Fix the digital divide

Bendigo Weekly | Bendigo Weekly | 05-Oct-2017


Federal Member for Bendigo

One of the highlights of the Elmore Field Days is to meet with the real innovators of the agriculture industry and to learn firsthand how their products will help farmers and modernise farming methods.

Increasingly these new systems and products need fast reliable internet and telecommunications. For many this is a problem and the federal government is entirely to blame.

At the Elmore Field Days, and almost daily in my office, local constituents including farmers raise the failures of the government’s NBN rollout and the importance of internet connectivity for their farm, business, house and regional communities.

One farmer who has access to fixed wireless NBN said that he was now able to monitor in real time fence and stock movements. 

Having experienced big financial losses due to livestock theft, this technology is vital to catching these criminals.

Another farmer was able to monitor soil moisture ensuring watering of pasture paddocks only occurred when absolutely needed and also prevented overwatering. However, others said that they were unable to adopt these types of technologies, or many of the technologies on display at the field days, because of a lack of connectivity.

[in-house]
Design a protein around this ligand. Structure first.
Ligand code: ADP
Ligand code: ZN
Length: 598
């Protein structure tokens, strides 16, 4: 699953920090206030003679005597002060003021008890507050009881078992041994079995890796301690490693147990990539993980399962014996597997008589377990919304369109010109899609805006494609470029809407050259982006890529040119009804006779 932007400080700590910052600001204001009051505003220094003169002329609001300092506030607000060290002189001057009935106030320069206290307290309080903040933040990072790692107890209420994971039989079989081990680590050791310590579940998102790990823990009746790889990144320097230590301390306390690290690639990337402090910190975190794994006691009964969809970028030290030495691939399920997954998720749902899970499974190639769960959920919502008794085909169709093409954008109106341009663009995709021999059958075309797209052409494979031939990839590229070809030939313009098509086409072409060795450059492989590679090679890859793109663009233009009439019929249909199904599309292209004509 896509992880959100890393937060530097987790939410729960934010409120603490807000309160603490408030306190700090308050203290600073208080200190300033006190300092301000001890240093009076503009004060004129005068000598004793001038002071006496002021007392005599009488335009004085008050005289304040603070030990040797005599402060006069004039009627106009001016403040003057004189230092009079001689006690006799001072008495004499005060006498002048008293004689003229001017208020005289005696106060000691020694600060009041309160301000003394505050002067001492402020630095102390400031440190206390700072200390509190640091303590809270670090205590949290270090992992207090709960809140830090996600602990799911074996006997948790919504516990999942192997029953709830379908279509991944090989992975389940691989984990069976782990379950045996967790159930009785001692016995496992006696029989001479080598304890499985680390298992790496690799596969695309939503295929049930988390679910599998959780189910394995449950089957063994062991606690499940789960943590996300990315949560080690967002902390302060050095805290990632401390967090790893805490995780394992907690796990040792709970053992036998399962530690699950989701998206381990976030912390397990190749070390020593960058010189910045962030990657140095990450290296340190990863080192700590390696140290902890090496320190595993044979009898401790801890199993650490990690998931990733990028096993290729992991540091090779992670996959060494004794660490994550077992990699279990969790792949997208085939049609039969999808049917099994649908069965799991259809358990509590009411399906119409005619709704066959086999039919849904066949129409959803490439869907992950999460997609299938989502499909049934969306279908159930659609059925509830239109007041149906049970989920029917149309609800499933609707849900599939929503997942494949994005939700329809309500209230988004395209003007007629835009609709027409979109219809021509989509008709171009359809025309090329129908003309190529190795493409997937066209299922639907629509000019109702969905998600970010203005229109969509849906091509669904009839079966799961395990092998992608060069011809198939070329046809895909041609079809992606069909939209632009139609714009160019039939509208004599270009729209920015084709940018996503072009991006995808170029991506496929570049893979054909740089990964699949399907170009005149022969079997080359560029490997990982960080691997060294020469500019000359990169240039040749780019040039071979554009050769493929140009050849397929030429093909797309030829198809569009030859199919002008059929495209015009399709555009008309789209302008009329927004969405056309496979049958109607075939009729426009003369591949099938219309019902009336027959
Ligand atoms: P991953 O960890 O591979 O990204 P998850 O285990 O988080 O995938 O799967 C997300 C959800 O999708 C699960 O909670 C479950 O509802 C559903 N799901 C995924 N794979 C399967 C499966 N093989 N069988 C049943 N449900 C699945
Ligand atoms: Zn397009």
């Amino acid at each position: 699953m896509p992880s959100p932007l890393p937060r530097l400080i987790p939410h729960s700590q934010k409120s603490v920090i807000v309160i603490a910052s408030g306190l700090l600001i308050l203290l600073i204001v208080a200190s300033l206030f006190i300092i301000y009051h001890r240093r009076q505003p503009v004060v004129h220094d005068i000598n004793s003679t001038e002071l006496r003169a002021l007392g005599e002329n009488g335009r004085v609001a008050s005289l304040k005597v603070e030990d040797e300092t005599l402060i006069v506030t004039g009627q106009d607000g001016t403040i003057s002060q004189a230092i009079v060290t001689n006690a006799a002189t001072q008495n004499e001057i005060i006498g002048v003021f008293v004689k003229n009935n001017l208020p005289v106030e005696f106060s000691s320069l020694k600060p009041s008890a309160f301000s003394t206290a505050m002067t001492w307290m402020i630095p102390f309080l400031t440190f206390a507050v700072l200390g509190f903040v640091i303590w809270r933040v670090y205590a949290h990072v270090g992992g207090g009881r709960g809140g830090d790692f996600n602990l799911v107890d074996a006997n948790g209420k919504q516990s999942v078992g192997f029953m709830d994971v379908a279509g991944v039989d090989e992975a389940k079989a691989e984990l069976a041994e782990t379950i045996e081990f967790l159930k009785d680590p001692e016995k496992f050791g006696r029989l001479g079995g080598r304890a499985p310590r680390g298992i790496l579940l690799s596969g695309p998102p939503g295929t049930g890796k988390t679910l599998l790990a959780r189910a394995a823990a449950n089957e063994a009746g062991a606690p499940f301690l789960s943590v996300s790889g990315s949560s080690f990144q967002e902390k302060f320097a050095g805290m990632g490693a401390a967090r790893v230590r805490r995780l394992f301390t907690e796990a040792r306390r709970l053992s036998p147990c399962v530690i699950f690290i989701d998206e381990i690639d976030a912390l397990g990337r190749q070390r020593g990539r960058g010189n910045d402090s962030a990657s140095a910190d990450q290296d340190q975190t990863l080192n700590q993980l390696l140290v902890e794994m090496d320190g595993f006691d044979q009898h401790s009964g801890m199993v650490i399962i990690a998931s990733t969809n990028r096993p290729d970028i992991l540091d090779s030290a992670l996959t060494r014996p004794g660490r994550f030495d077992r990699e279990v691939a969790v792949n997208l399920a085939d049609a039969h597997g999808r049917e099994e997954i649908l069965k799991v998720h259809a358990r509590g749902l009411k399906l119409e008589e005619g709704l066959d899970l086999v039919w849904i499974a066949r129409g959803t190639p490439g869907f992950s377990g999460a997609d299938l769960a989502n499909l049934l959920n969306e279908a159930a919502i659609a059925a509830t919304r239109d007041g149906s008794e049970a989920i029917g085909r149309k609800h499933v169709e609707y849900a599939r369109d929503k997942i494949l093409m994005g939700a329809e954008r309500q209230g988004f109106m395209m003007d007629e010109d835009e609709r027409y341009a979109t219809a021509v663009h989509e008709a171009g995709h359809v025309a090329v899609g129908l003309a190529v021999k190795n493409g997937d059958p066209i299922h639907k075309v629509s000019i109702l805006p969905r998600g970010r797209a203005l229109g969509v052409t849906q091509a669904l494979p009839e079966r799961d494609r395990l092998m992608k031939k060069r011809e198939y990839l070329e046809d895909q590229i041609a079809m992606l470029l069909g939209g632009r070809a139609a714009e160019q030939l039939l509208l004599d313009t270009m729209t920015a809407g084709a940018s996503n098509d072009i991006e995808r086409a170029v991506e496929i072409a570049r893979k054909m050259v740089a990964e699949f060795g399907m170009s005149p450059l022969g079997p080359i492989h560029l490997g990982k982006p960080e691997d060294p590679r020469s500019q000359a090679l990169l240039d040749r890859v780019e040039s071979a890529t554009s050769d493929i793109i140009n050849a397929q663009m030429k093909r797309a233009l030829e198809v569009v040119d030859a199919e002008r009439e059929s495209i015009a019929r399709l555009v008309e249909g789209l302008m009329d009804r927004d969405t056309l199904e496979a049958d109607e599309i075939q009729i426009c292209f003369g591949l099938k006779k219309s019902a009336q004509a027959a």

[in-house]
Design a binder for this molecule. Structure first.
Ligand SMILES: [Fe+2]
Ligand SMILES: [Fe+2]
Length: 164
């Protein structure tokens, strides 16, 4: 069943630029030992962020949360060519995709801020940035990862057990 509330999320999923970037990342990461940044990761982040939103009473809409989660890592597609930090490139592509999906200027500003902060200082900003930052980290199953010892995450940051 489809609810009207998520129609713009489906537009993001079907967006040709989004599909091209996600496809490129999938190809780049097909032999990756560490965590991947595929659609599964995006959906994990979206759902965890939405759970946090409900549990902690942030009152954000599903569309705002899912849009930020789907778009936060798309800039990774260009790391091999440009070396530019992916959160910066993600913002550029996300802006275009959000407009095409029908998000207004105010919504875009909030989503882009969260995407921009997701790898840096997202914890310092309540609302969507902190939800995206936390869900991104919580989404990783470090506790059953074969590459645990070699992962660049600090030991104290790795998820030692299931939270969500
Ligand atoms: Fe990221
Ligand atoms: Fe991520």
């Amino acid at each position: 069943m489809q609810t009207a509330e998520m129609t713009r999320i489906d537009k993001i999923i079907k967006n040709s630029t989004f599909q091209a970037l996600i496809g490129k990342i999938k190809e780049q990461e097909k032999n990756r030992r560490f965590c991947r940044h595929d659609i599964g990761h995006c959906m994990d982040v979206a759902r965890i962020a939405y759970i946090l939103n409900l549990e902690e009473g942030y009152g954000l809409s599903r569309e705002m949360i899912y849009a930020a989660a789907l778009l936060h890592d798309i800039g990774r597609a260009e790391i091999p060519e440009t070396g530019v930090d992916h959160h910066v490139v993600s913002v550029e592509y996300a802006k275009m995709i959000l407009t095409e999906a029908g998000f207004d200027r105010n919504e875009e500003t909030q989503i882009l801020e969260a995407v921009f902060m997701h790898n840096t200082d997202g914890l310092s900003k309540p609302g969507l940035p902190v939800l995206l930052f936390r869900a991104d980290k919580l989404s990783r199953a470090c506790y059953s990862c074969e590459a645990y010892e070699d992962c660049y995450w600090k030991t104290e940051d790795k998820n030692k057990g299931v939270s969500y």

If you’re stuck on the Sky Muster satellite service – forget it. If you’re too far from the node – forget it. 

If you don’t have line of site to a fixed wireless tower there is a significant cost to install mini towers and relay equipment to ensure full coverage across your property. 

The recent report compiled by the Parliamentary Joint Standing Committee on the National Broadband Network included 23 recommendations to improve the future course of the NBN and get the project back on track. 

Labor MPs are calling for the recommendations to be implemented to ensure the NBN rollout meets the needs of current and future internet users. 

These recommendations are the first steps to fixing the NBN mess. 

The committee had consulted with business, industry and residents over a 12 month period and identified systemic issues of faults, failed connections, reliability and chronic speed issues occurring across the network.

The committee has highlighted 23 recommendations to help improve customer service, technology improvements, handling of complaints and transparency. 

These include the government directing and enabling NBNco to complete as much as possible of the remaining fixed line network using FTTC at a minimum (or FTTP), and require NBNco to produce a costed plan and timetable under which that would be achieved.

Another recommendation is the urgent need for new consumer and supplier rights which provide protections, wholesale service-levels and remedies for service failures and the introduction of a new business grade product specifically geared towards small business.

Also on the list is the introduction of a regional and remote reference group to support the rollout of the NBN in rural and remote Australia.

At the Elmore Field Days I had the chance to ask regional Australians if they feel the recommendations will help their cohort receive stronger infrastructure. The short answer was yes.

The government must at a minimum implement these recommendations which will deliver improved outcomes for regional and rural communities.

It is imperative rural and regional Australians are given the same technology as their city counterparts. 

There is a digital divide in our country and it’s time the government acted and fixed this NBN mess. 


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